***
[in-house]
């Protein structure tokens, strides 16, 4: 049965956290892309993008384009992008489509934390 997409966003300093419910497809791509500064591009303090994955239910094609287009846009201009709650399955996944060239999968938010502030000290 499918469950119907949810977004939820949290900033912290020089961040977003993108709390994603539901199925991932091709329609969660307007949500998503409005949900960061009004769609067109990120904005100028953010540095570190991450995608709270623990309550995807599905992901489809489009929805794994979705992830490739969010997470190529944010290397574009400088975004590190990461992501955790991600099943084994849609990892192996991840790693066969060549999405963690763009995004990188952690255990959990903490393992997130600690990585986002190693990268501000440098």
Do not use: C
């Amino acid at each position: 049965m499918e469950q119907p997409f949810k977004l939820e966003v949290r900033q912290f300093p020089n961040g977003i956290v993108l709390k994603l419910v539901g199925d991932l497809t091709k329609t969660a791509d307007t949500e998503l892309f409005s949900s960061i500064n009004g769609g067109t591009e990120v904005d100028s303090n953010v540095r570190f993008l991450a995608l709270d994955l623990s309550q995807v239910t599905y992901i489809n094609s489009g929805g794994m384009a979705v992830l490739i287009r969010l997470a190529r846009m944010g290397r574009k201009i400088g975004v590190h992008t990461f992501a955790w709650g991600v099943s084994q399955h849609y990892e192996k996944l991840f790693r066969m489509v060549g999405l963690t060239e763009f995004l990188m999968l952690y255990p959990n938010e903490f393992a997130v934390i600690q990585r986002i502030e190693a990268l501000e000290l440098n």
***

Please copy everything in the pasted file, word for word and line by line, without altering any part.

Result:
[in-house]
């Protein structure tokens, strides 16, 4: 049965956290892309993008384009992008489509934390 997409966003300093419910497809791509500064591009303090994955239910094609287009846009201009709650399955996944060239999968938010502030000290 499918469950119907949810977004939820949290900033912290020089961040977003993108709390994603539901199925991932091709329609969660307007949500998503409005949900960061009004769609067109990120904005100028953010540095570190991450995608709270623990309550995807599905992901489809489009929805794994979705992830490739969010997470190529944010290397574009400088975004590190990461992501955790991600099943084994849609990892192996991840790693066969060549999405963690763009995004990188952690255990959990903490393992997130600690990585986002190693990268501000440098």
Do not use: C
């Amino acid at each position: 049965m499918e469950q119907p997409f949810k977004l939820e966003v949290r900033q912290f300093p020089n961040g977003i956290v993108l709390k994603l419910v539901g199925d991932l497809t091709k329609t969660a791509d307007t949500e998503l892309f409005s949900s960061i500064n009004g769609g067109t591009e990120v904005d100028s303090n953010v540095r570190f993008l991450a995608l709270d994955l623990s309550q995807v239910t599905y992901i489809n094609s489009g929805g794994m384009a979705v992830l490739i287009r969010l997470a190529r846009m944010g290397r574009k201009i400088g975004v590190h992008t990461f992501a955790w709650g991600v099943s084994q399955h849609y990892e192996k996944l991840f790693r066969m489509v060549g999405l963690t060239e763009f995004l990188m999968l952690y255990p959990n938010e903490f393992a997130v934390i600690q990585r986002i502030e190693a990268l501000e000290l440098n």